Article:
: T/C cut out assembly



danbuc
10-29-05, 09:52 PM
Well, I finally got around to building the T/C cut out unit that Mark99STS' friend had designed. It mount inbetween the 4/pairs of wires that lead from the 4 ABS sensors to the PCM. It will allow the user to switch between the ABS senors, and 4 1k ohm resistors which trick the computer into not engaging T/C. I drew up a wiring diagram to sort of explain how it's put together. It's a little rough around the edges, but gives a pretty good idea. I'm also going to include a pic of the unit itself. As far as connectios go, I descided to use 9 Pin serial connectors. I also used 4 DPDT 6A 12vdc relays from radioshack, as well as a small blank bread board to mount everything to. I'm going to finish the install tomorrow by accessing the ABS module, and hooking this unit up. I'm going to run a switch into the cabin, as well as an LED to indicate that the unit is on.

Ranger
10-29-05, 10:01 PM
WOW, that seems like a lot of work just to disable T/C. None the less, I am impressed. I can make a water pump socket, but you have me lost here.

lry99eldo
10-29-05, 10:29 PM
You freaking electronics guys!!!!!! I don't even understand a AA battery, let alone figure out how the T/C electronics work. Good luck and good job!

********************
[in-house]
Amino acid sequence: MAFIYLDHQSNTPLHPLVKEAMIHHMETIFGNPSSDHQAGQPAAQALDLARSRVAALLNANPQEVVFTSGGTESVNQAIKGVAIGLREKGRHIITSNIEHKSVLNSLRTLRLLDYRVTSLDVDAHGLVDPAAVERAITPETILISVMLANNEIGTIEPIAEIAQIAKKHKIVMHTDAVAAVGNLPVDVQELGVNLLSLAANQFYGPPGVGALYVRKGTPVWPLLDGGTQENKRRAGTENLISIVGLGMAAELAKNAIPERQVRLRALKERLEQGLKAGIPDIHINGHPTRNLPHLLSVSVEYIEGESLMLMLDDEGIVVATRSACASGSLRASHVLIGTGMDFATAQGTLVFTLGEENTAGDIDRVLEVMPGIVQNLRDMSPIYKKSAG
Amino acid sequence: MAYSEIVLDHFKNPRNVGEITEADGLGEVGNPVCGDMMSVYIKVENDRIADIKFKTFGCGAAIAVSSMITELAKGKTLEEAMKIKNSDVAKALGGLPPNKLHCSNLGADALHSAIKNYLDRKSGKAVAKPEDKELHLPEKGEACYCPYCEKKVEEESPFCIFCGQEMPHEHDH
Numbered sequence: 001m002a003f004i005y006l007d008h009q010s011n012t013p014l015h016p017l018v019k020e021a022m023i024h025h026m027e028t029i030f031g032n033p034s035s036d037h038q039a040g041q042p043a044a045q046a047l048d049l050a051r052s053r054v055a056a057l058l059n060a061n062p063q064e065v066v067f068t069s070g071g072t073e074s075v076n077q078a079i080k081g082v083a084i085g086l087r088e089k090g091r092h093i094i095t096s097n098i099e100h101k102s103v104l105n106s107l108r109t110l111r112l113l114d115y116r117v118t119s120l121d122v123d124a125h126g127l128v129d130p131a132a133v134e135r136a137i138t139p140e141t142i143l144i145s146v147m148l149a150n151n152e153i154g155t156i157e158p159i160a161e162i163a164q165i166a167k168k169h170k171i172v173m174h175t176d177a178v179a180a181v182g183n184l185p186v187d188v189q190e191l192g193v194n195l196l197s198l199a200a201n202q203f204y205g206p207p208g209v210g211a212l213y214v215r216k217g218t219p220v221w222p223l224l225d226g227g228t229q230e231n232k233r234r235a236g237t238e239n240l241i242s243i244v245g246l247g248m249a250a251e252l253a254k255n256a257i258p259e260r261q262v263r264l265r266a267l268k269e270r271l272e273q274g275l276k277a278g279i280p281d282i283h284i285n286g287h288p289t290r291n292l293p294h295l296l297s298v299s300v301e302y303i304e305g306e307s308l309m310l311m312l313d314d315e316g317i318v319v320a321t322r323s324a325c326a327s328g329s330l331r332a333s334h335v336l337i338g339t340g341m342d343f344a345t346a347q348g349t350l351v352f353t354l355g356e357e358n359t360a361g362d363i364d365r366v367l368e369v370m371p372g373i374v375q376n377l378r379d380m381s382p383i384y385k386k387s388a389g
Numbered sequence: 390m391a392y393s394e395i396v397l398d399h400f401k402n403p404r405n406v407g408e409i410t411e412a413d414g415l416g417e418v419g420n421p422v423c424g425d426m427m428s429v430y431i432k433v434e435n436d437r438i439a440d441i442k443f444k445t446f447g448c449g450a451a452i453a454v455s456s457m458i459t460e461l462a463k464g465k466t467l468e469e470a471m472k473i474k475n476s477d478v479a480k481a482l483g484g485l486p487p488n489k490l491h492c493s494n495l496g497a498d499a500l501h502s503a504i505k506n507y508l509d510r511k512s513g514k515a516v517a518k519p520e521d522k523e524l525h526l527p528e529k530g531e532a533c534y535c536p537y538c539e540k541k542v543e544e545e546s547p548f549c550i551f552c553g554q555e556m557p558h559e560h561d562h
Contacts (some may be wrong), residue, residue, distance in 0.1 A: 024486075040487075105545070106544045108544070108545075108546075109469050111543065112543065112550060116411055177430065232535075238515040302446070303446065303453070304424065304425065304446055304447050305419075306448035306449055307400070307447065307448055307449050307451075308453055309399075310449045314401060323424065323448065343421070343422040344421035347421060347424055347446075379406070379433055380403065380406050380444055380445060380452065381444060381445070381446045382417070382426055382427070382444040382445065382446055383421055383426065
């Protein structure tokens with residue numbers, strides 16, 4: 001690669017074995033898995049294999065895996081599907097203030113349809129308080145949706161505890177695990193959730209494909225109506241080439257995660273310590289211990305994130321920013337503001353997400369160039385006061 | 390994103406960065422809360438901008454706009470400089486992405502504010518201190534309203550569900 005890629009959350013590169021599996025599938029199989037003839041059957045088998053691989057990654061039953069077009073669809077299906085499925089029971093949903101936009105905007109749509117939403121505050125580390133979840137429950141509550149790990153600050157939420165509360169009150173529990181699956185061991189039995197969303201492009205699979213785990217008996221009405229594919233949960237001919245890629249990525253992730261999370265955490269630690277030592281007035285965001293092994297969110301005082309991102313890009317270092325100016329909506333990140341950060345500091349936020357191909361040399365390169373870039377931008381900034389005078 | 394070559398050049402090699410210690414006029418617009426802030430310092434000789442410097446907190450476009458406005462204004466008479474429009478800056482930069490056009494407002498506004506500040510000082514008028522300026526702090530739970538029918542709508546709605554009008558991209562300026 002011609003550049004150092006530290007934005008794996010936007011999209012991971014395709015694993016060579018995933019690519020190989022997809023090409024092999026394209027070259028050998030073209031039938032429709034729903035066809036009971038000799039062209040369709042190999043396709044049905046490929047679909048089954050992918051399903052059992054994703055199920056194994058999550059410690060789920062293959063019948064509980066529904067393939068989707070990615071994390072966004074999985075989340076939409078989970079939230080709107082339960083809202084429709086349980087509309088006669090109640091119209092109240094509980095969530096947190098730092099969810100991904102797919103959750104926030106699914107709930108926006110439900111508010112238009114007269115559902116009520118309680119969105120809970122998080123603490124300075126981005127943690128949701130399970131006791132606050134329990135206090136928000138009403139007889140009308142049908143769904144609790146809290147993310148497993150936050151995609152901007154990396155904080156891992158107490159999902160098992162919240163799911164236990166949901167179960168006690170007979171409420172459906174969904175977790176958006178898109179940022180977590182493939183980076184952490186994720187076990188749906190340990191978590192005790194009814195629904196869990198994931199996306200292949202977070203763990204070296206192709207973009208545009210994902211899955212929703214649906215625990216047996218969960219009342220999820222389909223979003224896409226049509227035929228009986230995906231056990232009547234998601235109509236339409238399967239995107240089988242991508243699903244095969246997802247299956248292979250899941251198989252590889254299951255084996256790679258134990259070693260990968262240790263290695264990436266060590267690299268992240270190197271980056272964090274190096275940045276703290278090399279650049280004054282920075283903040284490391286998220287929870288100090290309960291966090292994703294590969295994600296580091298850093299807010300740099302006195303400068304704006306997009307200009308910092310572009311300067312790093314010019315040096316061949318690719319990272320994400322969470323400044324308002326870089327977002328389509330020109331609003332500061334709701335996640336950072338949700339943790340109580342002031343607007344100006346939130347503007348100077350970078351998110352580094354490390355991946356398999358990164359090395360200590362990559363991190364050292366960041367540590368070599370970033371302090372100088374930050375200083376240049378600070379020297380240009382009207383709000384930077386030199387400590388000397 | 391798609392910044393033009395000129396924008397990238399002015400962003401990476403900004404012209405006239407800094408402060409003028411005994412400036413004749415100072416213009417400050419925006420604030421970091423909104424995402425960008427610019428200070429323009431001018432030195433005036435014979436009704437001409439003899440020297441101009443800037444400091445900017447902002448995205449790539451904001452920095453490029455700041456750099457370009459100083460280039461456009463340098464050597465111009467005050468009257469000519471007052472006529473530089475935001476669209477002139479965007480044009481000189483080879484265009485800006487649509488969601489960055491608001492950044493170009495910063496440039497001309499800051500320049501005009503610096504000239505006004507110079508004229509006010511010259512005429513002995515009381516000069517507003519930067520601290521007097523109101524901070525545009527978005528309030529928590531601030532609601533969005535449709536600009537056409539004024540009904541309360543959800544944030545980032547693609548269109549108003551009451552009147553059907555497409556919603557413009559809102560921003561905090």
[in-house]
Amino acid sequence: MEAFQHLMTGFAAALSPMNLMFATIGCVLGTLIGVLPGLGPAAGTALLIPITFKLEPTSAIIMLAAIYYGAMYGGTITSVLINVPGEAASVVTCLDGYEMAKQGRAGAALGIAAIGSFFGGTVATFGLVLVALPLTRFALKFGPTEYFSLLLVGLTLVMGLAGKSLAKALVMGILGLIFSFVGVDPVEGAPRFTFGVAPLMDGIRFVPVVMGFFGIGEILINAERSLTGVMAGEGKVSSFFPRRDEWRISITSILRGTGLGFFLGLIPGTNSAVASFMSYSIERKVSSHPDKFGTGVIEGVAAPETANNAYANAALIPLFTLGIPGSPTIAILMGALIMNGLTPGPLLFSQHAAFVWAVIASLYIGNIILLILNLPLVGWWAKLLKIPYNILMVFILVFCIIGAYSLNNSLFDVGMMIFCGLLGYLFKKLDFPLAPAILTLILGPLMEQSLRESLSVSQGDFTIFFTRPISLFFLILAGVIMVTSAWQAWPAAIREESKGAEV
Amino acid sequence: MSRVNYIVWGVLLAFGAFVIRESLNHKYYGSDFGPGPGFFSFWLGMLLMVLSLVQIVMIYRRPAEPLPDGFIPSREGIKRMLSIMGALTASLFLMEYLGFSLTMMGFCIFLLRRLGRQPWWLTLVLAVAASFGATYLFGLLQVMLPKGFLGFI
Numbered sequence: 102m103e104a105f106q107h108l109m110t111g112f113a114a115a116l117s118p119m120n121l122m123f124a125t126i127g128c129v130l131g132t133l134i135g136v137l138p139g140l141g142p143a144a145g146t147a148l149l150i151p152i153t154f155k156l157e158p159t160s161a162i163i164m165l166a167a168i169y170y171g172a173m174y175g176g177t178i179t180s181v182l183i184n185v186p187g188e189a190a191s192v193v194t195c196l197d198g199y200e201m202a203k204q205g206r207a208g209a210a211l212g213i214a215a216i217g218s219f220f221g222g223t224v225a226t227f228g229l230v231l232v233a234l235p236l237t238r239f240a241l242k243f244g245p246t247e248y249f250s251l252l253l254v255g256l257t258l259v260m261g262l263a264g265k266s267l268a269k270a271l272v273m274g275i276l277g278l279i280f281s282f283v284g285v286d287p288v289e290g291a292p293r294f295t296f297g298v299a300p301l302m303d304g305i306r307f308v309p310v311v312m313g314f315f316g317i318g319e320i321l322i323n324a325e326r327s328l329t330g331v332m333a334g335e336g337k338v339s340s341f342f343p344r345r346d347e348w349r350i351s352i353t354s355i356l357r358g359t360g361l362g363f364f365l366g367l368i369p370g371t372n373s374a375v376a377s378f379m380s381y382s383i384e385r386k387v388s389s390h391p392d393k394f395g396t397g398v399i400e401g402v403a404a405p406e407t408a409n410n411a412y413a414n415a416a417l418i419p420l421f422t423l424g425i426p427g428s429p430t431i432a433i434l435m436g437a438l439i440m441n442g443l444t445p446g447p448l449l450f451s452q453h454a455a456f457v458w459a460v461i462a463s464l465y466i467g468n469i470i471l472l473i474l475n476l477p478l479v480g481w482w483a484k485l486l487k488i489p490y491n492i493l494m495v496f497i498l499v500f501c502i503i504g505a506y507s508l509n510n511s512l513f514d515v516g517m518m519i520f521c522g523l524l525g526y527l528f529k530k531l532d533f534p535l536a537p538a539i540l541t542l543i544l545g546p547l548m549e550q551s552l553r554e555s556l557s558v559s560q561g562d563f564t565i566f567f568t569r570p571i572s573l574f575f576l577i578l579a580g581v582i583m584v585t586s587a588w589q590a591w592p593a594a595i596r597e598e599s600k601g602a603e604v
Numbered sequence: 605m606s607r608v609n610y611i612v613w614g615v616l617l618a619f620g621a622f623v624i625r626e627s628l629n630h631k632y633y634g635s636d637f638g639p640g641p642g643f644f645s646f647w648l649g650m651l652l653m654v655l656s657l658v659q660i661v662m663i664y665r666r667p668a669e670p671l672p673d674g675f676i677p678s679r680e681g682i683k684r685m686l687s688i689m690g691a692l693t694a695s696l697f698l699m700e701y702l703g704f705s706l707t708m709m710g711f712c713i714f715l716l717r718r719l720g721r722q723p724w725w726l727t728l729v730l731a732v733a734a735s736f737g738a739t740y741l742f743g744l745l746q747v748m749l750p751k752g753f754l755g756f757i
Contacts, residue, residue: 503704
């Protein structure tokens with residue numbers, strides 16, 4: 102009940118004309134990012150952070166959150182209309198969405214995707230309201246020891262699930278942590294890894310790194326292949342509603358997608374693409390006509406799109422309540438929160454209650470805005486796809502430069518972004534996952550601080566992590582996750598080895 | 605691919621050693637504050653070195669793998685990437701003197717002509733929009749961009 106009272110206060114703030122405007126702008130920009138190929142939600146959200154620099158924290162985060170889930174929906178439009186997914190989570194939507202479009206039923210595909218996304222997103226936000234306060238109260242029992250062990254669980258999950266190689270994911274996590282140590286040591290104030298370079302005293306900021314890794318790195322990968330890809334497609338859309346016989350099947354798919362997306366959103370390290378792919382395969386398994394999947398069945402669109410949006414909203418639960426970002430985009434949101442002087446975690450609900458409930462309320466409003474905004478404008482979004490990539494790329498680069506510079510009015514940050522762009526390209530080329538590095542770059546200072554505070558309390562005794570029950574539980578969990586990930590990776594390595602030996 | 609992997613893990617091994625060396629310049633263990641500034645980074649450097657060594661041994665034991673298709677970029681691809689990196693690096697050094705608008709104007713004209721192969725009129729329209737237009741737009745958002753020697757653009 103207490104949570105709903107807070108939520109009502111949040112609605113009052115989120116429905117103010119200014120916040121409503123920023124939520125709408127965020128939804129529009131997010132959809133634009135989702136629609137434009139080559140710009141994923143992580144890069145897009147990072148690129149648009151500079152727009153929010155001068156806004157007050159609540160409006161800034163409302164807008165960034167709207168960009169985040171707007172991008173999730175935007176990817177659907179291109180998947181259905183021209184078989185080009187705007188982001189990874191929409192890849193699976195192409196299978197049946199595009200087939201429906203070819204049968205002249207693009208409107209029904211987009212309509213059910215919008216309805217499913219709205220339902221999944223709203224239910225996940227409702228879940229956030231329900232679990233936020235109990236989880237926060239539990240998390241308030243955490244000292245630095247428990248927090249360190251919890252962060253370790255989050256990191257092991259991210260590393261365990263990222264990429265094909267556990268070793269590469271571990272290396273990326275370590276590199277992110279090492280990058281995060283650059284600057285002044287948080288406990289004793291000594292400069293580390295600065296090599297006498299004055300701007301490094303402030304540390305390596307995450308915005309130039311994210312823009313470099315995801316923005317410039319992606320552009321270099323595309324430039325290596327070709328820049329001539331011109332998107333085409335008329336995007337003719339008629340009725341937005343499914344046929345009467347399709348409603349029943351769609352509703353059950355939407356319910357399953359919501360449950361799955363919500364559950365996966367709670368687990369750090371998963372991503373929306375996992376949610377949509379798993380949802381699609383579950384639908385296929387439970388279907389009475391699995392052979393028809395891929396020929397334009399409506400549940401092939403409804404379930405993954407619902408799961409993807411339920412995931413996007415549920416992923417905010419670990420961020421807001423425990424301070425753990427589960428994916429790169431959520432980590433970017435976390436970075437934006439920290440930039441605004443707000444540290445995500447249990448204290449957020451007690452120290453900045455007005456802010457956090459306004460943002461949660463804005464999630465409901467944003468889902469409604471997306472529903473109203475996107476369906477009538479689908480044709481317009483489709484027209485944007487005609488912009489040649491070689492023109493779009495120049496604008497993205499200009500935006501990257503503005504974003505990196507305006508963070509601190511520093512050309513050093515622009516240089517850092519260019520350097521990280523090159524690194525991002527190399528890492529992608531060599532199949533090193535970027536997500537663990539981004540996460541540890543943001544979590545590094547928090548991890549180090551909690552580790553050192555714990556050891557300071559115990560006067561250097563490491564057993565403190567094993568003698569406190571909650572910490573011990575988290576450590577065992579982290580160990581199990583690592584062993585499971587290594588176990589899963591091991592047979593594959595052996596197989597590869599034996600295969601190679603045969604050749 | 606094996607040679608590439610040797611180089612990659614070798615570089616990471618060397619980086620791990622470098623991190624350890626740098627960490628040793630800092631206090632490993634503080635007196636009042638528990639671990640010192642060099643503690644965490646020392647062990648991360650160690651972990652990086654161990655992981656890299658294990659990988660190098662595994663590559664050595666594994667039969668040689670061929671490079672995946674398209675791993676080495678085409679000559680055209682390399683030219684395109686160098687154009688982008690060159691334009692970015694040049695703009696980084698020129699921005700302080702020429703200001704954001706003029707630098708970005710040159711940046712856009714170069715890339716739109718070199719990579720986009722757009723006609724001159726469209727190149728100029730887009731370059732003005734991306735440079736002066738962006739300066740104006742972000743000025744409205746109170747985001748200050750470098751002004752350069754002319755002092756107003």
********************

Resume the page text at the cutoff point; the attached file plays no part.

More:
lry99eldo

eldorado1
10-30-05, 01:38 AM
umm... so you switch between the wheel sensors and a 1k resistor? You're going to set 4 wheel sensor codes when the PCM sees the engine rotating, the output shaft rotating, but no wheels rotating.

What you'd want to do is tie one of the front wheel sensors' outputs to the rest of the inputs. The PCM detects loss of traction by comparing wheel speeds. When one or more is out of line, it cuts power. Tie them all to one wheel, and by definition they'll be the same speed. And you don't have any codes either. (which may or may not enable traction control by default, I don't have my book handy)

danbuc
10-31-05, 10:53 PM
Umm..yeah, I kind of realized where I went wrong when I hooked it all up and it was throwing codes like it was on fire or something..hehe. I'm going to correct it by taking one input and splitting it off to all four N/O contacts. That way it will just switch between either all four, or just one, runing to all four. The way I had it setup now, was supposed to function liek the setup Mark99STS was talking about. Instead of shoving a 1k ohm resistor in each ABS sensor connector, I was gonna run it through this thing. Your idea of just switch form four seperate inptus to one input is more logical, and simpler though. I'm going to wip out the sodering iron tomorrow night and take another look at it.

fubar569
02-28-06, 06:34 PM
i think i see where your diagram went wrong, but it is a little complicated and tough to decipher.

i didn't know anyone else had made an attempt to replicate that unit. i'm workign on it right now.

your idea with 4 1k ohm resistors was throwing codes? there must be some sort of error in assembly maybe? perhaps did you cross wires of some sort?

i know it's been awhile, but where does your progress stand?

danbuc
02-28-06, 10:00 PM